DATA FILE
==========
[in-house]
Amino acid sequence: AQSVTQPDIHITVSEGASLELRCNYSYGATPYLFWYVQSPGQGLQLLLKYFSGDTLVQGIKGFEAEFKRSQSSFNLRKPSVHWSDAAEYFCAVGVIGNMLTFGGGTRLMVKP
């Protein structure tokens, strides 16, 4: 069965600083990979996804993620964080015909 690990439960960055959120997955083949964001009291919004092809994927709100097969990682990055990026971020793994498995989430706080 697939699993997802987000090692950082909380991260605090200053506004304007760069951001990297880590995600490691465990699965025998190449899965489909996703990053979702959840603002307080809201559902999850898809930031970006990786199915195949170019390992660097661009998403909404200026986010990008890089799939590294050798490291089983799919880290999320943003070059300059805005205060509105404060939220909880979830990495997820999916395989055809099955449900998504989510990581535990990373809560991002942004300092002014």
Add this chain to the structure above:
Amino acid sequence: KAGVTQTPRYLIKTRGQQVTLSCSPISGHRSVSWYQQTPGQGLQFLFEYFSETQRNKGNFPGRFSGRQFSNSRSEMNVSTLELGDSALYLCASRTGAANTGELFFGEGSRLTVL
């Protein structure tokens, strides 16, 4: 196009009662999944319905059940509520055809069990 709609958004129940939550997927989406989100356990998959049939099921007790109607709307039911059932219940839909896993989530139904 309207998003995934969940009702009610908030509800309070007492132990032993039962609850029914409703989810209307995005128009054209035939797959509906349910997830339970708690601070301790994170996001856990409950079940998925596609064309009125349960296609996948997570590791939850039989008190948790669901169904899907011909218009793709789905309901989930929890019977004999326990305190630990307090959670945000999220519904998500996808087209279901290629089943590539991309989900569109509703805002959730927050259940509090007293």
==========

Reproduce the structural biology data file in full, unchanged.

[in-house]
Amino acid sequence: AQSVTQPDIHITVSEGASLELRCNYSYGATPYLFWYVQSPGQGLQLLLKYFSGDTLVQGIKGFEAEFKRSQSSFNLRKPSVHWSDAAEYFCAVGVIGNMLTFGGGTRLMVKP
């Protein structure tokens, strides 16, 4: 069965600083990979996804993620964080015909 690990439960960055959120997955083949964001009291919004092809994927709100097969990682990055990026971020793994498995989430706080 697939699993997802987000090692950082909380991260605090200053506004304007760069951001990297880590995600490691465990699965025998190449899965489909996703990053979702959840603002307080809201559902999850898809930031970006990786199915195949170019390992660097661009998403909404200026986010990008890089799939590294050798490291089983799919880290999320943003070059300059805005205060509105404060939220909880979830990495997820999916395989055809099955449900998504989510990581535990990373809560991002942004300092002014």
Add this chain to the structure above:
Amino acid sequence: KAGVTQTPRYLIKTRGQQVTLSCSPISGHRSVSWYQQTPGQGLQFLFEYFSETQRNKGNFPGRFSGRQFSNSRSEMNVSTLELGDSALYLCASRTGAANTGELFFGEGSRLTVL
């Protein structure tokens, strides 16, 4: 196009009662999944319905059940509520055809069990 709609958004129940939550997927989406989100356990998959049939099921007790109607709307039911059932219940839909896993989530139904 309207998003995934969940009702009610908030509800309070007492132990032993039962609850029914409703989810209307995005128009054209035939797959509906349910997830339970708690601070301790994170996001856990409950079940998925596609064309009125349960296609996948997570590791939850039989008190948790669901169904899907011909218009793709789905309901989930929890019977004999326990305190630990307090959670945000999220519904998500996808087209279901290629089943590539991309989900569109509703805002959730927050259940509090007293």